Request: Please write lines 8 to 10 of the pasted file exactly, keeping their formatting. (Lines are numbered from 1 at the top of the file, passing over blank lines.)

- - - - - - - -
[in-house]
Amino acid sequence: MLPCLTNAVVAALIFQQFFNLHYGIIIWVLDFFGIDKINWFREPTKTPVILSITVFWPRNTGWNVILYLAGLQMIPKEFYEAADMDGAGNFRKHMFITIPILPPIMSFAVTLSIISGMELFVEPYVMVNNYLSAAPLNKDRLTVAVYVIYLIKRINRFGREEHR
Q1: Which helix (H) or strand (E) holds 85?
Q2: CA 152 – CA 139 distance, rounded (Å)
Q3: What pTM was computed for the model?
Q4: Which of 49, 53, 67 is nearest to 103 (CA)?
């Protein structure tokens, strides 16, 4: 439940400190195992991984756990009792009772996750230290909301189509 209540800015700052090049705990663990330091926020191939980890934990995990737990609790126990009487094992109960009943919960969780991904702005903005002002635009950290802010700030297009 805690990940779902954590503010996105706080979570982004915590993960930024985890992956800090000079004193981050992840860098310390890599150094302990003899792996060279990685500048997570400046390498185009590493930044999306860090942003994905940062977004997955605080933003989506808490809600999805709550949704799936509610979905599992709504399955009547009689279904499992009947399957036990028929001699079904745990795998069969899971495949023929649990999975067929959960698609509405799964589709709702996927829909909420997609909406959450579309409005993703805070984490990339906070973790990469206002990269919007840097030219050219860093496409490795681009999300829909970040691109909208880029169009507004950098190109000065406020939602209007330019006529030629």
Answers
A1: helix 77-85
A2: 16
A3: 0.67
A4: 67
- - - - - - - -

Answers
A1: helix 77-85
A2: 16